Postal job now complete, we packed up the laundry and set off to ride a couple of kilometres to the laverie. As we rode along the street, that darn, pesky, bully-boy, pushy ol’ wind somehow knew I was back in town! It blew and blew and as I rode through intersections, it roared down the side streets like a wind tunnel, “Whoa,” I would say to myself, as the bike rocked and swerved with the pushes and shoves it was receiving from that wicked wind. I could actually smile today, because we weren’t riding far and I wasn’t on a fully laden bike, but that darn wind brought back some memories! I don’t know what it is about French wind, but boy-o-boy it packs a punch! As I rode along to the laverie, it was pushing and shoving and rocking the bike this way and that. “Ho, ho she’s back,” it must have been saying to itself, “we had a merry old time with this one last time. Let’s party!” So it partied like it was 1999 for the whole of our ride today, but at least it was only a short one.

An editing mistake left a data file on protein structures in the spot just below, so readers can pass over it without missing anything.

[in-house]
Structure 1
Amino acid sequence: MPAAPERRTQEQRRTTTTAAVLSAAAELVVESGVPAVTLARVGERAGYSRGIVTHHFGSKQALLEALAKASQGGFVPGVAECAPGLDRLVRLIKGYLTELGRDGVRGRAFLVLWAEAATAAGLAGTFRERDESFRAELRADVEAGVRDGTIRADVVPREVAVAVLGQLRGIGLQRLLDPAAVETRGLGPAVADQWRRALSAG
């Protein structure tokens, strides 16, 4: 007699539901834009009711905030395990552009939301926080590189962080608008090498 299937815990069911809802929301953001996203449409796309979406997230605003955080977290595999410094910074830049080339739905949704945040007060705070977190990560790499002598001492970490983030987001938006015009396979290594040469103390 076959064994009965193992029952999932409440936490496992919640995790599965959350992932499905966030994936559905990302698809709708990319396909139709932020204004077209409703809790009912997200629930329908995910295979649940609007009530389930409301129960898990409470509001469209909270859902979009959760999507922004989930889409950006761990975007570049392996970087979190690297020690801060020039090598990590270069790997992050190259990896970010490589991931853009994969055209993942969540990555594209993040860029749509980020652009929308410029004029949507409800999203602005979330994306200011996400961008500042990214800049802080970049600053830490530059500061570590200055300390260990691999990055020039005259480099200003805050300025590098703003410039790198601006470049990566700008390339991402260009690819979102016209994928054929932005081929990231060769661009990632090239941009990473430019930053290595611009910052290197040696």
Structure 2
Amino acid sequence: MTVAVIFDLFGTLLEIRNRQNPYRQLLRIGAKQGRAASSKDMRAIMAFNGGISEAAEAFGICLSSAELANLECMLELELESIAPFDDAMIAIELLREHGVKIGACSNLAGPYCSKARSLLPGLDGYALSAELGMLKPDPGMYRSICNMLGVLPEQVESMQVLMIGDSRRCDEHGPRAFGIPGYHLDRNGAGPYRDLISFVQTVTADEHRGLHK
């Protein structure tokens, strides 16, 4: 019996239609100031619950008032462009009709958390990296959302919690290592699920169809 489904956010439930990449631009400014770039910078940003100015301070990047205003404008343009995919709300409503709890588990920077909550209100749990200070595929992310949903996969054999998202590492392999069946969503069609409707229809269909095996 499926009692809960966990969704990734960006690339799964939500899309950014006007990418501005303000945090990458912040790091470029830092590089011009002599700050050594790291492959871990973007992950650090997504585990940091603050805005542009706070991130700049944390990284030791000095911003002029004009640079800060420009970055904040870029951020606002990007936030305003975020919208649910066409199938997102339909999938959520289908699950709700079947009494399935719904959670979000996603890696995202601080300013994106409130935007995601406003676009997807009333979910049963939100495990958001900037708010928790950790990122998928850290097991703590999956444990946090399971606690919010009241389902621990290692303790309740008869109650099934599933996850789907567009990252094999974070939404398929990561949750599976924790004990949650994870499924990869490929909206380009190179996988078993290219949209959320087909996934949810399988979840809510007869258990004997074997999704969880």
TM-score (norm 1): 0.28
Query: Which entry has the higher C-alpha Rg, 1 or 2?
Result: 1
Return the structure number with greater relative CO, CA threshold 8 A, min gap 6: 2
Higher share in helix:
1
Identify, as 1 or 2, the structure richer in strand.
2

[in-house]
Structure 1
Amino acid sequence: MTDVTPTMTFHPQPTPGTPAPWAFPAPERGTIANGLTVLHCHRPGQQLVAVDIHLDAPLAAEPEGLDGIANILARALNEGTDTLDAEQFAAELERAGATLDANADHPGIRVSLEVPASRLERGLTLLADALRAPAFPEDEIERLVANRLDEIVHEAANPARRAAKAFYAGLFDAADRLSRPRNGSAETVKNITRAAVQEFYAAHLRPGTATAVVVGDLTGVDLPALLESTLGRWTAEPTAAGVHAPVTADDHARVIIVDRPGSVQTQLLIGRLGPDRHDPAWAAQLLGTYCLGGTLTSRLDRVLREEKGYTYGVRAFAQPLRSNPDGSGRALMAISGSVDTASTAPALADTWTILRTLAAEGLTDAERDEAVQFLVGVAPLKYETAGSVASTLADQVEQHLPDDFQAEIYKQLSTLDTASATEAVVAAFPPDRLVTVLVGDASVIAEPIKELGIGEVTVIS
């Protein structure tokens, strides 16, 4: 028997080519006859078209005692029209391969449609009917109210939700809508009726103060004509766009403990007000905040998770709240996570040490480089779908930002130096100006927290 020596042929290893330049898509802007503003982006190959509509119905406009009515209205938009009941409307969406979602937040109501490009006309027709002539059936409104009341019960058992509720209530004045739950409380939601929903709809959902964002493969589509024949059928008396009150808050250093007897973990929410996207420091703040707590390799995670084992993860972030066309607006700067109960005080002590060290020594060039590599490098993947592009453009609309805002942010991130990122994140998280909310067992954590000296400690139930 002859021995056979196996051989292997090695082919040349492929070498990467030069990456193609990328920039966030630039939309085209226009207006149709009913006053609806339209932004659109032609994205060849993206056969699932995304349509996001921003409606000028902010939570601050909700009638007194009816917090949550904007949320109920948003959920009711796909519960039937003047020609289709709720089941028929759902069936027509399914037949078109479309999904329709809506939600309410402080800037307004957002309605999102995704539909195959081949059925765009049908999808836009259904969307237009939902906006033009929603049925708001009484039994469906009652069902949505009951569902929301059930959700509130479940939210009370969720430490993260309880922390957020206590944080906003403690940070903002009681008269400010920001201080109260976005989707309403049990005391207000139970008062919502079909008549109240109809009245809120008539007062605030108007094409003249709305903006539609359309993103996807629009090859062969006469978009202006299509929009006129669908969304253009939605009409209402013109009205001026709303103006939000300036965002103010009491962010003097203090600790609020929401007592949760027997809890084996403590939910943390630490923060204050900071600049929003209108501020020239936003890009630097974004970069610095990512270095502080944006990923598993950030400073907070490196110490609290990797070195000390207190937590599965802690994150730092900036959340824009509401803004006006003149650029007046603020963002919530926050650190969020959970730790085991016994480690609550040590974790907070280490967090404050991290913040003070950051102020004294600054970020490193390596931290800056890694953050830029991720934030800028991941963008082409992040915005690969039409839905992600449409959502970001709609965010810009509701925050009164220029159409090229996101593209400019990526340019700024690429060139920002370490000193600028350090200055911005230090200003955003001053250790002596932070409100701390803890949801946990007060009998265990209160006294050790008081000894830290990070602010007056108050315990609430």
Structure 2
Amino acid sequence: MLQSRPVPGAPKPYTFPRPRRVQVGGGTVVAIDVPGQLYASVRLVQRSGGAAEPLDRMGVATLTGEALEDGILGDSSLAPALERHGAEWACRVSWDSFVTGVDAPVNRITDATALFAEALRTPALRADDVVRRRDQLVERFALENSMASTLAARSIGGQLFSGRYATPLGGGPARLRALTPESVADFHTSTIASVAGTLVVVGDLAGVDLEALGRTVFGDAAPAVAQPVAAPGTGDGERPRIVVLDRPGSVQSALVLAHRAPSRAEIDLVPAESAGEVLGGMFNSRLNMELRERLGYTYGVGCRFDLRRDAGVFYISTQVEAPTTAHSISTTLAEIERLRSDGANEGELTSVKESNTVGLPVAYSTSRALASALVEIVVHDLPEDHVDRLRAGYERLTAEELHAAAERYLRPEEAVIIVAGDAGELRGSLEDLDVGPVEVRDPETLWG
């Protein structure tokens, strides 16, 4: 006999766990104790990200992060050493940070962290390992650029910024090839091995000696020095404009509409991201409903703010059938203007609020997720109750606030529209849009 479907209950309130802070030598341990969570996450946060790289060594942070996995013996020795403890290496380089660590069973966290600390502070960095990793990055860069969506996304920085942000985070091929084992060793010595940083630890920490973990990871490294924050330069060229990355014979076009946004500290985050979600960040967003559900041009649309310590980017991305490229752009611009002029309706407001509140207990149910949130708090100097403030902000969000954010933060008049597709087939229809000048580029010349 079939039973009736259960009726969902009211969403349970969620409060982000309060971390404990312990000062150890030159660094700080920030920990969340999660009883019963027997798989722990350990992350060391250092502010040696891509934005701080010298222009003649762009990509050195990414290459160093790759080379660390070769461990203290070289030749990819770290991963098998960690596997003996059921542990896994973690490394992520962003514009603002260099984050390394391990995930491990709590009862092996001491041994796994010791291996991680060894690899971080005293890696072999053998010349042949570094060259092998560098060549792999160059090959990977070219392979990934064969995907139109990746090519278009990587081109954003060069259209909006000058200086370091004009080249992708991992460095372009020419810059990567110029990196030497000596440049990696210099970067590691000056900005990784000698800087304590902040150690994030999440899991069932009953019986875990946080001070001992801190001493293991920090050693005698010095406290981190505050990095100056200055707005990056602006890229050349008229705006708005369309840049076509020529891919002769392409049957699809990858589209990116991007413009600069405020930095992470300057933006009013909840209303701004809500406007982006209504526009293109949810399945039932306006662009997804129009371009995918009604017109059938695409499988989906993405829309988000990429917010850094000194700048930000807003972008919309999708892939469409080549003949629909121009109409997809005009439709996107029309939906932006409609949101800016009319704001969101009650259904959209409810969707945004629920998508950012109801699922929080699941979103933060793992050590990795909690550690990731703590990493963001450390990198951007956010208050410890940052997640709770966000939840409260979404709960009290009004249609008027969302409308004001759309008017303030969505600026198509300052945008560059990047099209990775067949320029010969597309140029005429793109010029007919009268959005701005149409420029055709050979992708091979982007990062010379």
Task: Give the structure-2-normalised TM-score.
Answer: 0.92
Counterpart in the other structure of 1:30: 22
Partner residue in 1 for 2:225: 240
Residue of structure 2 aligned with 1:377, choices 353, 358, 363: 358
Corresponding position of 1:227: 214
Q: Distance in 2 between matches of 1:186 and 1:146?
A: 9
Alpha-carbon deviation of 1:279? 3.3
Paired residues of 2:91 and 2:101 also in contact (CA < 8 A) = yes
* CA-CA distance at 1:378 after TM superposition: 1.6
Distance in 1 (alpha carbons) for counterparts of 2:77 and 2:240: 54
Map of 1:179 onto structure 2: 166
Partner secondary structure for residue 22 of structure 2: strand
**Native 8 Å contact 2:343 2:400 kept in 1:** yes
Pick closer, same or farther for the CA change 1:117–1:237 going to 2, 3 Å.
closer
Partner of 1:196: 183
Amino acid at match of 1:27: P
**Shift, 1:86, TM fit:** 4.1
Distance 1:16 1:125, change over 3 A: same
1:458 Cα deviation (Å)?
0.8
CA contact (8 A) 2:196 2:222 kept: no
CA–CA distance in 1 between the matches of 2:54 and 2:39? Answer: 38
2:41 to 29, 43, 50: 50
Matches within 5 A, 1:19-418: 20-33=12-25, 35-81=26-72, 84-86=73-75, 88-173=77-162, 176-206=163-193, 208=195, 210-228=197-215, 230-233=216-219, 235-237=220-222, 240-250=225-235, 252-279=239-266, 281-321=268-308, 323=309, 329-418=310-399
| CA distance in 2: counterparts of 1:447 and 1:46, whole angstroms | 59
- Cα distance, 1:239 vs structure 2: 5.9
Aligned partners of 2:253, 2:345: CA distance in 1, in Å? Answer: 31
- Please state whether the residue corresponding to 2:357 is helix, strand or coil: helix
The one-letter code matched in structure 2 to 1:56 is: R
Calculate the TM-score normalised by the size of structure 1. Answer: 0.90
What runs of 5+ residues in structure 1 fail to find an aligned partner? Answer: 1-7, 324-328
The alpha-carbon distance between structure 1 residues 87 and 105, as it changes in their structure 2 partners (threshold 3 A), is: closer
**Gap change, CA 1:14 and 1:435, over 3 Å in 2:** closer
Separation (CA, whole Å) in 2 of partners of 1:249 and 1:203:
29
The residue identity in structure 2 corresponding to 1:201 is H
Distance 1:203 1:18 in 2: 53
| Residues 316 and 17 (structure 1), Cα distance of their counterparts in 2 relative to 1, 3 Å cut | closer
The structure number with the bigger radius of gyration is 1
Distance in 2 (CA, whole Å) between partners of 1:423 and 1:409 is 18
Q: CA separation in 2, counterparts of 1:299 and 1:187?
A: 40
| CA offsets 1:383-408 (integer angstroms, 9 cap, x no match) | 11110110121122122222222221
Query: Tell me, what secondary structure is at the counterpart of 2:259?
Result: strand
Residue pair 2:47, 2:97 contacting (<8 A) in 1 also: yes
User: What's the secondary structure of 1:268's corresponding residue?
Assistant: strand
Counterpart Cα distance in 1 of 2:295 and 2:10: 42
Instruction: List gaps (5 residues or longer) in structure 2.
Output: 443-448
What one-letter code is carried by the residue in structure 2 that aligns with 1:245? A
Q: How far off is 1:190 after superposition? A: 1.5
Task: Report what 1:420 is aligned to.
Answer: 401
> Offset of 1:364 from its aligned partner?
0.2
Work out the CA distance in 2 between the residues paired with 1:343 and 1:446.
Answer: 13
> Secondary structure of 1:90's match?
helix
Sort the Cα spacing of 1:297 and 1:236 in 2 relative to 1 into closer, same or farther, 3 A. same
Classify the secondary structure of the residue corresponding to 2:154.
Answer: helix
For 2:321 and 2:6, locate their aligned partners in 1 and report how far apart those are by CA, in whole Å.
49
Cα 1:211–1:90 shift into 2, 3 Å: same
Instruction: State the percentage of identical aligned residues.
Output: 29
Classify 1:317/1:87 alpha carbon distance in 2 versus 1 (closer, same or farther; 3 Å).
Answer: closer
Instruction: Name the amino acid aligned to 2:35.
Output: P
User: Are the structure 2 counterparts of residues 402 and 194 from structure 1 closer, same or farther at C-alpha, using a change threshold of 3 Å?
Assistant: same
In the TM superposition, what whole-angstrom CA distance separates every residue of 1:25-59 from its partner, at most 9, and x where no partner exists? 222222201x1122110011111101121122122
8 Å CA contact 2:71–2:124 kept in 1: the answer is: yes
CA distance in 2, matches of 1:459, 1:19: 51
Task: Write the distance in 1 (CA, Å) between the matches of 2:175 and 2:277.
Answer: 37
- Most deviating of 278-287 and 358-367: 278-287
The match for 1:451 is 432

We didn’t do a whole lot today, but everything we did added to the learning and enjoyment fund we have been accumulating. Fun little tasks in the novelty of a home, some learning in another setting from the Great War, some more immersion learning of a language and some fun and games with an old nemesis, who said hello again today in the form of some wild wind. Everything means something. Everything is important. It all adds to the chapters and continues the story and we’re richer for every moment of it. Now, I’ll just enjoy our final night in the comfy and cozy little apartment with its table and chairs and couch and kitchen and oven and….so many simple pleasures. Then I’ll psych myself up for another day of train travel, navigating stairs, leaping on and off trains, racing on and off the platform with bags and bikes before the train takes off…oh yes, I remember you too…I remember those games…Players ready? Play…